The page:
Two days later Harmon Dreer, looking for mail in Main Hall, came across

a notice from the post office apprising him that there was a registered
parcel there which would be delivered to him on presentation of this
notice and satisfactory identification
Two days later Harmon Dreer, looking for mail in Main Hall, came across
a notice from the post office apprising him that there was a registered
parcel there which would be delivered to him on presentation of this
notice and satisfactory identification. Harmon frowned at the slip of
paper a moment, stuffed it into his pocket and sought his nine-o’clock
recitation. A half-hour later, however, having nothing to do until ten,
he started off toward the village. He was half-way down the drive toward
the east gate before he became visible from the window of Thursby’s room
on the front of Torrence. Amy, who had been seated at the window for
half an hour, at once arose, crossed the hall and put his head in at the
door of Number 14.

But life was too busy to leave him much time for troubling about whether

or not Saunders and the others approved of his presence
But life was too busy to leave him much time for troubling about whether
or not Saunders and the others approved of his presence. His work was
cut out for him from the start. Mr. Detweiler was forever at his heels
and Mr. Detweiler’s voice was forever raised in criticism or
instruction. More than once Clint felt like giving up. Toward the end of
that first week it seemed to him that the coach paid no heed to anyone
but just Clint Thayer and that nothing Clint Thayer did was ever quite
right! But he never did give up, however. He was often discouraged,
sometimes angry, always tired out when work was over, but he kept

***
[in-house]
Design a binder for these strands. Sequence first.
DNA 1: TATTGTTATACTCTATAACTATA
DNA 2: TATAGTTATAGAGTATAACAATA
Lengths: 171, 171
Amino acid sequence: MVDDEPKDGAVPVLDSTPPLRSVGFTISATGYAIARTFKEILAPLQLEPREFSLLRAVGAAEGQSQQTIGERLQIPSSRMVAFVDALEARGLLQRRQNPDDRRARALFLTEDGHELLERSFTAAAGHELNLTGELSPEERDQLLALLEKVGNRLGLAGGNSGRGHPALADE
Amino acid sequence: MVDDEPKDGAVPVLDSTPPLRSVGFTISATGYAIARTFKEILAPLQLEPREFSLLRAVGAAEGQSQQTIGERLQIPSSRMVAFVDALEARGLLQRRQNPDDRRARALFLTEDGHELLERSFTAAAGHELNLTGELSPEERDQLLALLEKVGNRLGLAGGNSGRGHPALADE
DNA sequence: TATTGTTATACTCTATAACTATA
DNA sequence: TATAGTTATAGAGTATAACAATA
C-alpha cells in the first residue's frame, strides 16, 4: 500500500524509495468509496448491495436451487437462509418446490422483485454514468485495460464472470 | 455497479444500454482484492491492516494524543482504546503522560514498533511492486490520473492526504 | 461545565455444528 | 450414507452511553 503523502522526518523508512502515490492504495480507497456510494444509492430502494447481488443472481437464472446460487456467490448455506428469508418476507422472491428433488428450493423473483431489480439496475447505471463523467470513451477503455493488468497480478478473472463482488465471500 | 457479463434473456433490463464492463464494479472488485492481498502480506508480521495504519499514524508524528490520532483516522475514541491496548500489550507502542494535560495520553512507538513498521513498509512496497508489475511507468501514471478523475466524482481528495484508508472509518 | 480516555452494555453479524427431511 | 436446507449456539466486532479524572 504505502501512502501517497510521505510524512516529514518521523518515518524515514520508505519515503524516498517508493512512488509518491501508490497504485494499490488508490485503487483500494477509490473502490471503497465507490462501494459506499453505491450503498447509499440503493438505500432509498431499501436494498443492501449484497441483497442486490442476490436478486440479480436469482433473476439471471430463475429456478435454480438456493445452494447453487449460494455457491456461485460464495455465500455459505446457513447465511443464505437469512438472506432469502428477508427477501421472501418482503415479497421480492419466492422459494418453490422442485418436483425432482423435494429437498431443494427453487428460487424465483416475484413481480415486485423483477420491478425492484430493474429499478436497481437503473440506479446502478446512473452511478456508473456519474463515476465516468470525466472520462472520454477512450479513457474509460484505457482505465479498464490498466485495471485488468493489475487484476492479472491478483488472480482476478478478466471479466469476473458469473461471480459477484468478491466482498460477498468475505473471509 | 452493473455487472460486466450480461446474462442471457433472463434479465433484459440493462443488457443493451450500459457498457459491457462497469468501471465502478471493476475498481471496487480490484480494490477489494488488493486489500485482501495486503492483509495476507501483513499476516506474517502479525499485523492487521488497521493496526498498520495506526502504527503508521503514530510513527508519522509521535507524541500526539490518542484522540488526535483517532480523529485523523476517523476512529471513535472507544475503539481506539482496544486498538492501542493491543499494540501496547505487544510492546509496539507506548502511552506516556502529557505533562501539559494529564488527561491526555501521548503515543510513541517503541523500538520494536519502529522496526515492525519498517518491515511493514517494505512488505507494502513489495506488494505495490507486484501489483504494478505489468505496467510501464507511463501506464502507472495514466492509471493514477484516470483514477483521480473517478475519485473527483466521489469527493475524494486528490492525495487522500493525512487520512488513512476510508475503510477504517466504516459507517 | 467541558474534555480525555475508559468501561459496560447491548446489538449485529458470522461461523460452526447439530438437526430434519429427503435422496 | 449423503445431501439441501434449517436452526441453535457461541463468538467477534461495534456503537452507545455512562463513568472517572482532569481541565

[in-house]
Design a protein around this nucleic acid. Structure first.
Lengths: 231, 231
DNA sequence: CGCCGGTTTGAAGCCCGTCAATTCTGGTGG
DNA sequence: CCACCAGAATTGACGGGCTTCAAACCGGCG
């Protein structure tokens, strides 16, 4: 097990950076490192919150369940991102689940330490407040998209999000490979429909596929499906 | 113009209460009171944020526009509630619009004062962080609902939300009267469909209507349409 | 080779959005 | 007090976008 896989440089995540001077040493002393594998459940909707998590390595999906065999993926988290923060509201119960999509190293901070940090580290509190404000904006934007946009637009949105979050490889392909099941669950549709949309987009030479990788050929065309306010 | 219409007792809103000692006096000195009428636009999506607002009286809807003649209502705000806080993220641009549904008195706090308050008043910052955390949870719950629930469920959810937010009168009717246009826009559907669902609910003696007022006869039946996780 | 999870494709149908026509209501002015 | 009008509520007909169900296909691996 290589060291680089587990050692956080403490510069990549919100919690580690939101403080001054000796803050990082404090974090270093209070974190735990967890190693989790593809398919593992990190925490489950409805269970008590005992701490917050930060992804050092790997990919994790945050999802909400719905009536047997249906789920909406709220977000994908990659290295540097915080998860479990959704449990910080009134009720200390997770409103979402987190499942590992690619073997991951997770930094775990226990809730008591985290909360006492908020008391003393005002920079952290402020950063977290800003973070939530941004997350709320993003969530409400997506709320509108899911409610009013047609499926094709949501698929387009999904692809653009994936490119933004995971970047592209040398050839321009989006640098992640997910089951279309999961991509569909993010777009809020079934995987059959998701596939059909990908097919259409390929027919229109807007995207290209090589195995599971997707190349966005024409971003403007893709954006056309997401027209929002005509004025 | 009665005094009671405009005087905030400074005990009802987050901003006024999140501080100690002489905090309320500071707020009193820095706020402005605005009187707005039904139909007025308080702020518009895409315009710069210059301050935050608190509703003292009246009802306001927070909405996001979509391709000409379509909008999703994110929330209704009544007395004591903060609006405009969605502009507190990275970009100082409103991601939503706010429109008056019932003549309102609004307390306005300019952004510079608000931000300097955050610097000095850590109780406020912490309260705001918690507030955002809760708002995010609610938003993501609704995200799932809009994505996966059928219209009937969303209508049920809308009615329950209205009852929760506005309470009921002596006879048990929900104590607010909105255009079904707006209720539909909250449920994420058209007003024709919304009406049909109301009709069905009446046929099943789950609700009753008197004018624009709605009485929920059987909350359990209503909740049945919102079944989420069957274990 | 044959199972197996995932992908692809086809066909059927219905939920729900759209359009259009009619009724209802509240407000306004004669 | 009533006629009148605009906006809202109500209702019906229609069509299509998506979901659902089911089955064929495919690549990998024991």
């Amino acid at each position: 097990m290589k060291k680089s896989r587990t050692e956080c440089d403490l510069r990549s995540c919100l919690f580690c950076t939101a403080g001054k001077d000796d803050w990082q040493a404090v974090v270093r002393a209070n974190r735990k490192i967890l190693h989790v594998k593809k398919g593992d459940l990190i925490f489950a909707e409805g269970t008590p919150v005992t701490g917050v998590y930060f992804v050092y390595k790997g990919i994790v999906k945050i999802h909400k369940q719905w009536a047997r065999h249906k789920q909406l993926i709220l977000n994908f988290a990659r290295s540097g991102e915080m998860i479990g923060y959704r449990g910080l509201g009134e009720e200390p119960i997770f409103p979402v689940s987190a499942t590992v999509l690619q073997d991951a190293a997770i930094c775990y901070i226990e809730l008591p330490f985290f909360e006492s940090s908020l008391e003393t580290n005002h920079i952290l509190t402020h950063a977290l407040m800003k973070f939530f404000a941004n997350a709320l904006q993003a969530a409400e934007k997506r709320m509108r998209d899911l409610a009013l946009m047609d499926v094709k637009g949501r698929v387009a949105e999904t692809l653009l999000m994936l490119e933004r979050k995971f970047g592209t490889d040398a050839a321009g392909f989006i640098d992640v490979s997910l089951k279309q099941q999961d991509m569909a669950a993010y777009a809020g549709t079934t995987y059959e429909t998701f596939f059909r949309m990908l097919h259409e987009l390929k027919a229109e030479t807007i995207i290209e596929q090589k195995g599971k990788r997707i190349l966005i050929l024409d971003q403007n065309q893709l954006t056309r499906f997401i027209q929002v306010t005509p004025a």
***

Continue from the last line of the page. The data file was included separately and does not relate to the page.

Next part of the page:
on trying.

The shout came frantically from somewhere and Clint saw the pigskin,

squeezed from the half-back’s arms, bound into air
The shout came frantically from somewhere and Clint saw the pigskin,
squeezed from the half-back’s arms, bound into air. A blue-sleeved arm
shot toward it, and another, but the ball, bouncing away from an eager
hand, went, turning lazily over and over in its flight, toward the side
line. Clint turned swiftly and pursued, elbowed by others. He shot an
arm out to the left and cleared his path. Cries and pounding footsteps
came to his ears. Away rolled the ball, spurning the five-yard line,
seemingly bent on trickling out of bounds. A blue-jerseyed player tried
to edge past Clint, but the latter swung in front of him. Then he was on
the ball, and up again with it tucked against his stomach, and was
plunging toward the goal line, a scant six yards away! A Claflin man
dived at him and strove to pinion his knees, but with a wrench Clint
tore one leg free and staggered on another stride. Arms clutched him
about the shoulders and it seemed that he was pulling a ton of weight
with him. Then there was a shock, his legs went from under him and he
toppled to earth. But as he fell, and as the last breath in his body
seemed to leave him forever, he pushed the ball away from him at arm’s
length and set his fingers about it like so many vises! And that was the
last he knew.

“I’ve read,” said Amy, “that freezing was a pleasant death, but it

doesn’t seem so
“I’ve read,” said Amy, “that freezing was a pleasant death, but it
doesn’t seem so. Maybe, though, it’s painful just at first.” He arose
with a groan and followed Clint down the slope. There were more briers,
and now and then they stumbled over outcropping rocks. The field seemed
interminable, but after awhile Clint bumped into a wall. They climbed
over it and started on again.

Just then Dreer and his friend came into sight

Just then Dreer and his friend came into sight. Clint watched hopefully.
They were headed straight down the slope and he was just going to lean
his head back against the rock again when Beaufort suddenly hunched his
shoulders and turned angrily toward Clint and Penny. “Here!” he
shouted. “What did you do that for?”

But the rest of Clint’s remark was drowned by the cheer that went up as

the Maroon-and-Grey trotted back around the corner of the grand-stand
But the rest of Clint’s remark was drowned by the cheer that went up as
the Maroon-and-Grey trotted back around the corner of the grand-stand. A
moment later Chambers returned from her seclusion and her warriors
dropped their grey-blue blankets and began to run up and down to
stretch their muscles. Chase watched approvingly.